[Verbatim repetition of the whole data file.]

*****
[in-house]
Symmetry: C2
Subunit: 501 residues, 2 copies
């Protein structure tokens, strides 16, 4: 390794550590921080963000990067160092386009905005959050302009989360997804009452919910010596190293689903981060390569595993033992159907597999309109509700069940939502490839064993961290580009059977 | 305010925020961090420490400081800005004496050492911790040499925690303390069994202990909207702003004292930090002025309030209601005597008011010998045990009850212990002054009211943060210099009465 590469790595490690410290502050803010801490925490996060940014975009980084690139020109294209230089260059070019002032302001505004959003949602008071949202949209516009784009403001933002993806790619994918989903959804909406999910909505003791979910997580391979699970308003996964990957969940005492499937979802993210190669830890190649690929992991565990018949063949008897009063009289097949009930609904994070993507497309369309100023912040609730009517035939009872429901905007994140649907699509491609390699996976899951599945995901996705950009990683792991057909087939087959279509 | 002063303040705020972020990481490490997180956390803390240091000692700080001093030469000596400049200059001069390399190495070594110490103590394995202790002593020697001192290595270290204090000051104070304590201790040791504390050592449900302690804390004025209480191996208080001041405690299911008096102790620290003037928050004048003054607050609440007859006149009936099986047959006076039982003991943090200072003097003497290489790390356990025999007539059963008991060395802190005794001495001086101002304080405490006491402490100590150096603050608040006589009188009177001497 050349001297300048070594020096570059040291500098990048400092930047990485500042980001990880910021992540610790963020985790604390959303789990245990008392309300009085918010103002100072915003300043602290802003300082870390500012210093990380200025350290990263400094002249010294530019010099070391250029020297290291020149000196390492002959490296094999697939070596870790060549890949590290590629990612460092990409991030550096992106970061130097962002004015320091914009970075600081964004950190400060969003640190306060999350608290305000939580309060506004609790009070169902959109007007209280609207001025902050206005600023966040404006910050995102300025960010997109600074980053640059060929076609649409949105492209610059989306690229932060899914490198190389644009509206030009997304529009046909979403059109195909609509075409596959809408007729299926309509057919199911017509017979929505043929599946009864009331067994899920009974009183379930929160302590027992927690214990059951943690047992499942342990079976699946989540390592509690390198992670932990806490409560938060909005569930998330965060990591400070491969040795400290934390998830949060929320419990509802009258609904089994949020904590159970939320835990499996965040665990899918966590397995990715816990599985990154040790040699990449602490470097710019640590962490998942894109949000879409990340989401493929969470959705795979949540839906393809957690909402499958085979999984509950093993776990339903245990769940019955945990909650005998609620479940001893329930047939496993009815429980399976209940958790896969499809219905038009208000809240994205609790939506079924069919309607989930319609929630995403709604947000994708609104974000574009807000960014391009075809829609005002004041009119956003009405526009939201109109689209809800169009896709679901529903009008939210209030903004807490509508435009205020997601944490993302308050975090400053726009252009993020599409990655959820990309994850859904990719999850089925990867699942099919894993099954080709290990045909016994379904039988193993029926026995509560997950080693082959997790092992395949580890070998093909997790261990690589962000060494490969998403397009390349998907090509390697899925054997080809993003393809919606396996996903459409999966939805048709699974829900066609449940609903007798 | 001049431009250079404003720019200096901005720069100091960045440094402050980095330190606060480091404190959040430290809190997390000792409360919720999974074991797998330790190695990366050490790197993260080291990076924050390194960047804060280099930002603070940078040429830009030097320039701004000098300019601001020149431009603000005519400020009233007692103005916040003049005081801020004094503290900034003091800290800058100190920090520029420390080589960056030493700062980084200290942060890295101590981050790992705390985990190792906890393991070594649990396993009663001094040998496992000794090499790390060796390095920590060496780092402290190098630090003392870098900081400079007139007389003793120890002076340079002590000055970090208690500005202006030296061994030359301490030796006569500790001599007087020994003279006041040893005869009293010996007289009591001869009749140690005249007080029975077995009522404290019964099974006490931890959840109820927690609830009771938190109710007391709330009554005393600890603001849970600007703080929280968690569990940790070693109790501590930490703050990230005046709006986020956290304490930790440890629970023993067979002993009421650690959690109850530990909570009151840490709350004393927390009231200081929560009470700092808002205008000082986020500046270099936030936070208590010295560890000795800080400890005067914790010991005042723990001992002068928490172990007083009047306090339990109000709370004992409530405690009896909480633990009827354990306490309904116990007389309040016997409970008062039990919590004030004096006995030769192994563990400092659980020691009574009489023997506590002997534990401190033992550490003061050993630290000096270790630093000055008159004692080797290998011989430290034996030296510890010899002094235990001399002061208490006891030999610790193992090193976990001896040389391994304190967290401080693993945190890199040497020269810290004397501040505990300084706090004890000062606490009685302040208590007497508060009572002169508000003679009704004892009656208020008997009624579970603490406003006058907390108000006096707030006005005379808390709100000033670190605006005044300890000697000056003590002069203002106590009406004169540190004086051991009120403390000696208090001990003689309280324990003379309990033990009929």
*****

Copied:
[in-house]
Symmetry: C2
Subunit: 501 residues, 2 copies
């Protein structure tokens, strides 16, 4: 390794550590921080963000990067160092386009905005959050302009989360997804009452919910010596190293689903981060390569595993033992159907597999309109509700069940939502490839064993961290580009059977 | 305010925020961090420490400081800005004496050492911790040499925690303390069994202990909207702003004292930090002025309030209601005597008011010998045990009850212990002054009211943060210099009465 590469790595490690410290502050803010801490925490996060940014975009980084690139020109294209230089260059070019002032302001505004959003949602008071949202949209516009784009403001933002993806790619994918989903959804909406999910909505003791979910997580391979699970308003996964990957969940005492499937979802993210190669830890190649690929992991565990018949063949008897009063009289097949009930609904994070993507497309369309100023912040609730009517035939009872429901905007994140649907699509491609390699996976899951599945995901996705950009990683792991057909087939087959279509 | 002063303040705020972020990481490490997180956390803390240091000692700080001093030469000596400049200059001069390399190495070594110490103590394995202790002593020697001192290595270290204090000051104070304590201790040791504390050592449900302690804390004025209480191996208080001041405690299911008096102790620290003037928050004048003054607050609440007859006149009936099986047959006076039982003991943090200072003097003497290489790390356990025999007539059963008991060395802190005794001495001086101002304080405490006491402490100590150096603050608040006589009188009177001497 050349001297300048070594020096570059040291500098990048400092930047990485500042980001990880910021992540610790963020985790604390959303789990245990008392309300009085918010103002100072915003300043602290802003300082870390500012210093990380200025350290990263400094002249010294530019010099070391250029020297290291020149000196390492002959490296094999697939070596870790060549890949590290590629990612460092990409991030550096992106970061130097962002004015320091914009970075600081964004950190400060969003640190306060999350608290305000939580309060506004609790009070169902959109007007209280609207001025902050206005600023966040404006910050995102300025960010997109600074980053640059060929076609649409949105492209610059989306690229932060899914490198190389644009509206030009997304529009046909979403059109195909609509075409596959809408007729299926309509057919199911017509017979929505043929599946009864009331067994899920009974009183379930929160302590027992927690214990059951943690047992499942342990079976699946989540390592509690390198992670932990806490409560938060909005569930998330965060990591400070491969040795400290934390998830949060929320419990509802009258609904089994949020904590159970939320835990499996965040665990899918966590397995990715816990599985990154040790040699990449602490470097710019640590962490998942894109949000879409990340989401493929969470959705795979949540839906393809957690909402499958085979999984509950093993776990339903245990769940019955945990909650005998609620479940001893329930047939496993009815429980399976209940958790896969499809219905038009208000809240994205609790939506079924069919309607989930319609929630995403709604947000994708609104974000574009807000960014391009075809829609005002004041009119956003009405526009939201109109689209809800169009896709679901529903009008939210209030903004807490509508435009205020997601944490993302308050975090400053726009252009993020599409990655959820990309994850859904990719999850089925990867699942099919894993099954080709290990045909016994379904039988193993029926026995509560997950080693082959997790092992395949580890070998093909997790261990690589962000060494490969998403397009390349998907090509390697899925054997080809993003393809919606396996996903459409999966939805048709699974829900066609449940609903007798 | 001049431009250079404003720019200096901005720069100091960045440094402050980095330190606060480091404190959040430290809190997390000792409360919720999974074991797998330790190695990366050490790197993260080291990076924050390194960047804060280099930002603070940078040429830009030097320039701004000098300019601001020149431009603000005519400020009233007692103005916040003049005081801020004094503290900034003091800290800058100190920090520029420390080589960056030493700062980084200290942060890295101590981050790992705390985990190792906890393991070594649990396993009663001094040998496992000794090499790390060796390095920590060496780092402290190098630090003392870098900081400079007139007389003793120890002076340079002590000055970090208690500005202006030296061994030359301490030796006569500790001599007087020994003279006041040893005869009293010996007289009591001869009749140690005249007080029975077995009522404290019964099974006490931890959840109820927690609830009771938190109710007391709330009554005393600890603001849970600007703080929280968690569990940790070693109790501590930490703050990230005046709006986020956290304490930790440890629970023993067979002993009421650690959690109850530990909570009151840490709350004393927390009231200081929560009470700092808002205008000082986020500046270099936030936070208590010295560890000795800080400890005067914790010991005042723990001992002068928490172990007083009047306090339990109000709370004992409530405690009896909480633990009827354990306490309904116990007389309040016997409970008062039990919590004030004096006995030769192994563990400092659980020691009574009489023997506590002997534990401190033992550490003061050993630290000096270790630093000055008159004692080797290998011989430290034996030296510890010899002094235990001399002061208490006891030999610790193992090193976990001896040389391994304190967290401080693993945190890199040497020269810290004397501040505990300084706090004890000062606490009685302040208590007497508060009572002169508000003679009704004892009656208020008997009624579970603490406003006058907390108000006096707030006005005379808390709100000033670190605006005044300890000697000056003590002069203002106590009406004169540190004086051991009120403390000696208090001990003689309280324990003379309990033990009929």